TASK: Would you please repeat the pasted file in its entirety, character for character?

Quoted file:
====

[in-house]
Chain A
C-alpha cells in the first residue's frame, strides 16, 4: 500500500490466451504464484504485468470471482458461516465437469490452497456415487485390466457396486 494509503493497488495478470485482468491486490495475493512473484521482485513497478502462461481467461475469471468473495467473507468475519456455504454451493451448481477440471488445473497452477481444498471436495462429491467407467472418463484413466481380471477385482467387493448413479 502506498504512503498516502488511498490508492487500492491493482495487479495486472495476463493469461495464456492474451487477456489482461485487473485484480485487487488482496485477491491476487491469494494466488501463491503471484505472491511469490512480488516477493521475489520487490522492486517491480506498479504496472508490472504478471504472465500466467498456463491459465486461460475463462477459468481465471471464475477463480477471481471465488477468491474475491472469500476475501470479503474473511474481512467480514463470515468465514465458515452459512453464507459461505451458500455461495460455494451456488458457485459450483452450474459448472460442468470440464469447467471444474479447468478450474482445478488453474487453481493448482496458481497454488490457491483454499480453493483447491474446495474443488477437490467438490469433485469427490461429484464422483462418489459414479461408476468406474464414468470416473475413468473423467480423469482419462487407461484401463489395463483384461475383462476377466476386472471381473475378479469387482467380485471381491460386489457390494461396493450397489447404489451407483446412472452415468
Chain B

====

[in-house]
Chain A
C-alpha cells in the first residue's frame, strides 16, 4: 500500500490466451504464484504485468470471482458461516465437469490452497456415487485390466457396486 494509503493497488495478470485482468491486490495475493512473484521482485513497478502462461481467461475469471468473495467473507468475519456455504454451493451448481477440471488445473497452477481444498471436495462429491467407467472418463484413466481380471477385482467387493448413479 502506498504512503498516502488511498490508492487500492491493482495487479495486472495476463493469461495464456492474451487477456489482461485487473485484480485487487488482496485477491491476487491469494494466488501463491503471484505472491511469490512480488516477493521475489520487490522492486517491480506498479504496472508490472504478471504472465500466467498456463491459465486461460475463462477459468481465471471464475477463480477471481471465488477468491474475491472469500476475501470479503474473511474481512467480514463470515468465514465458515452459512453464507459461505451458500455461495460455494451456488458457485459450483452450474459448472460442468470440464469447467471444474479447468478450474482445478488453474487453481493448482496458481497454488490457491483454499480453493483447491474446495474443488477437490467438490469433485469427490461429484464422483462418489459414479461408476468406474464414468470416473475413468473423467480423469482419462487407461484401463489395463483384461475383462476377466476386472471381473475378479469387482467380485471381491460386489457390494461396493450397489447404489451407483446412472452415468
Chain B